by the handful

Nutritious culinary and healing recipes collected from the North American garden, orchard, forest, river and ocean

Cassava Grain Free Tortillas

There are several foods that really stick in my mind from my childhood and one of them was those flour tortillas my mom would buy in bulk from the ladies at church. The simple combination of flour and lard rendered a chewy and crispy tortilla that tasted better with each bite. If you have been following me for any length of time you would know that I have no fear of a little animal fat or saturated fat in moderation, in fact I think it’s a necessary part of the diet. If you are not a wheat or grain eater, this and many other baked goods are off the table or at least need to be made differently. In our house we mostly eat corn tortillas but a flour tortilla does sound good from time to time. In this recipe, Cassava flour is substituted for the traditional wheat flour. Cassava flour is made from the Yucca tuber, which is actually native to Latin America, whereas wheat is definitely not. Coconut oil or palm shortening can be substituted for the lard (making them vegan) and the tortillas will work just as well. This recipe makes tortillas the size of the traditional corn tortilla since a tortilla press is used to make them. This recipe makes 6 tortillas but I almost always double the batch.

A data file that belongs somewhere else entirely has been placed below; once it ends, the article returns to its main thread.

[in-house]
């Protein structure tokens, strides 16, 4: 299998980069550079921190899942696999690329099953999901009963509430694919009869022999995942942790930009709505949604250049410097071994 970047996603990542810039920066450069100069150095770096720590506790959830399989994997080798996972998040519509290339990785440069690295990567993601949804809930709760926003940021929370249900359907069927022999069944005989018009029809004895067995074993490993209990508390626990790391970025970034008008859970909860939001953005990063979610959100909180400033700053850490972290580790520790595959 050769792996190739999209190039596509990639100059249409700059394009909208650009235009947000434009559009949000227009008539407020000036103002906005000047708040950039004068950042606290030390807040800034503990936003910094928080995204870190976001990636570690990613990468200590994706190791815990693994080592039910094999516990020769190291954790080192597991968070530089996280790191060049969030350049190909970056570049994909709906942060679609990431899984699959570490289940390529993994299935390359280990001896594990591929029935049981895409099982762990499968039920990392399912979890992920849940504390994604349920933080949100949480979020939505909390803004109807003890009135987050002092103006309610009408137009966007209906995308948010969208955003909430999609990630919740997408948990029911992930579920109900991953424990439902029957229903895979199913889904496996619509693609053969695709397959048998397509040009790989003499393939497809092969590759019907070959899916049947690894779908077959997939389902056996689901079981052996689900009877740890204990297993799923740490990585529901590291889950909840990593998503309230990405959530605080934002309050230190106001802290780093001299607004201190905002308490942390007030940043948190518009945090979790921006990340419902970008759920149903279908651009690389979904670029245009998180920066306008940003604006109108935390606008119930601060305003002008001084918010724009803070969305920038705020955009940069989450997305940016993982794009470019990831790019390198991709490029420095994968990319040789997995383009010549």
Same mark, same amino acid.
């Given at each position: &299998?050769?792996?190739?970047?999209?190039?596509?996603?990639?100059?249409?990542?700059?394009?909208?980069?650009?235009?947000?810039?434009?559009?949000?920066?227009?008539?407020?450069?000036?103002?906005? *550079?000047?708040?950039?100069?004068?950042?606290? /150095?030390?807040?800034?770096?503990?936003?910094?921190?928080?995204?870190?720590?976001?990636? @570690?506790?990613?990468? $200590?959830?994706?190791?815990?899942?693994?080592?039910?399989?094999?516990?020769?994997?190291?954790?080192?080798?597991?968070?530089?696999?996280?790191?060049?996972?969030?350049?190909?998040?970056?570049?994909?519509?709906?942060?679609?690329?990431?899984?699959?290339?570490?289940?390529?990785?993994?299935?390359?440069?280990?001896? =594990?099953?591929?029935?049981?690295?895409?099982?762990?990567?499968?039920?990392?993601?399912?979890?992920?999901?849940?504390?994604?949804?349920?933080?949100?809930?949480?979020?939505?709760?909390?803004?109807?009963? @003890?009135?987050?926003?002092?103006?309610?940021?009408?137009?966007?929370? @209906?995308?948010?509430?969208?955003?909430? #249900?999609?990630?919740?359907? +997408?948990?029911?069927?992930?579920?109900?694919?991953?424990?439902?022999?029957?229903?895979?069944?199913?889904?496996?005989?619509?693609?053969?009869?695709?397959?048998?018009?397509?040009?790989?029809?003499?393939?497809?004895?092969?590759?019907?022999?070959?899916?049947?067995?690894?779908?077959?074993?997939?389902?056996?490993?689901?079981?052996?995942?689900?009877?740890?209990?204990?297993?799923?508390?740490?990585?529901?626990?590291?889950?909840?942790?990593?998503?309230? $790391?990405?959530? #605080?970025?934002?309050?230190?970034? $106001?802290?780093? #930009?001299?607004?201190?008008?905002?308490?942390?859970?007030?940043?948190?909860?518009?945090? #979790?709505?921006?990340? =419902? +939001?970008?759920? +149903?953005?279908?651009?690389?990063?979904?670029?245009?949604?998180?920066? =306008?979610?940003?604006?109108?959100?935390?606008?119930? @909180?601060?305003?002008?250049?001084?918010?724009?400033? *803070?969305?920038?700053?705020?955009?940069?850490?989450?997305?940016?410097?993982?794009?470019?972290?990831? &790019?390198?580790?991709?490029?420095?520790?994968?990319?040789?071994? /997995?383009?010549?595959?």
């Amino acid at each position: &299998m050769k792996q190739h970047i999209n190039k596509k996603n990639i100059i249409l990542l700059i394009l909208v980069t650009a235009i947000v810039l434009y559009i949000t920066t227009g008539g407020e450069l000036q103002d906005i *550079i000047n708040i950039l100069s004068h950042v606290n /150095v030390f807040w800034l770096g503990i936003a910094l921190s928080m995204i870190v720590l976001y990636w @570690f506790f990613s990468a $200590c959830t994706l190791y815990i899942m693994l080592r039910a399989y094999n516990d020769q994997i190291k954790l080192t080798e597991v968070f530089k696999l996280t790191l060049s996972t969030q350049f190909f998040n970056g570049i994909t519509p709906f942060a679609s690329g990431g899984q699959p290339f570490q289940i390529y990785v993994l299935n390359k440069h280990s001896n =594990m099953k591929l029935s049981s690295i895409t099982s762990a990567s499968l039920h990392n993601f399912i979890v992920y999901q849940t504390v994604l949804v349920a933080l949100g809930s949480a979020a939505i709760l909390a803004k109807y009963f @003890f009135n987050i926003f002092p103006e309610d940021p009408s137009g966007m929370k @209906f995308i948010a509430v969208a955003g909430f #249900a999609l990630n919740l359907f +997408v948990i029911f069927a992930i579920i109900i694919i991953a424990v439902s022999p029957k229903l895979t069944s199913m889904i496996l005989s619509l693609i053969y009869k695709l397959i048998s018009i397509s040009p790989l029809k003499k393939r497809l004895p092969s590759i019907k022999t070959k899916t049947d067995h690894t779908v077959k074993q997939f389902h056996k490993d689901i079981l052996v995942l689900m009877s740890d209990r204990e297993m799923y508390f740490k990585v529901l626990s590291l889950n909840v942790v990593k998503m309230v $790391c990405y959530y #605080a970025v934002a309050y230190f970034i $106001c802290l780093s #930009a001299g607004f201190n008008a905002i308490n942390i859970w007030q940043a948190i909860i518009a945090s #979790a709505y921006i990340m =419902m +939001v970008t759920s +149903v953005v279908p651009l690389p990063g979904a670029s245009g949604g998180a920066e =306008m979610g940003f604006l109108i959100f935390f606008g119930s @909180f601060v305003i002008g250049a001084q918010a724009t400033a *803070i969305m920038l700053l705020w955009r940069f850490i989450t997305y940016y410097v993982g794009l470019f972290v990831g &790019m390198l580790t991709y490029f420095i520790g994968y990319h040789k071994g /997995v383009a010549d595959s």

1 cup Cassava flour

1/4 tsp baking soda

a good size pinch of salt

2 Tbsp Lard (sub coconut oil or palm shortening)

1/2 + cup warm water

a tortilla press

wax or parchment paper

Add first three (dry) ingredients to a large bowl and sift with a fork to mix. Cassava flour is light and can become airborne, so sift gently. Next add the fat into the middle of the flour in the bowl. Drizzle the hot water right over the fat and begin to work the fat first and then to mix into a batter.

You will eventually need to ditch the fork and use your hands. At this point add more water in tablespoon increments until you have a thick, dry and solid, but not crumbly dough.

Divide the dough ball in half and then divide each half into 3 equal balls. You will have 6 total. Work them until they are firm and do not have any creases. Set the balls aside on a plate.

Set a cast iron skillet on the stove and bring heat to med-high.

Rip off 2 sheets of wax or parchment paper. Place one on the bottom of tortilla press and set a tortilla ball in the middle. Next place another sheet on top and press your tortilla. Carefully remove the tortilla from the paper as this is the one spot they can rip and get imperfections. If the tortillas seem too sticky just dust with a little Cassava flour while pressing.

Carefully lay the tortilla in the skillet and let sit for at least a minute. Use your hand to move the tortilla; if it sticks it is not done, it should slide around the pan easily. Flip with a spatula and continue on the other side. It’s hard to say how long to cook each one, it’s more about instinct and observing the look and feel of the tortillas. They should have some golden brown spots on both sides and also still be pliable rather than too crispy to bend. 

After removing each from the skillet, place on a dry tea towel and fold over to stay warm. It is usually necessary to lower heat as you go through cooking the batch of tortillas.

Last step: you know what to do with them…

 

 

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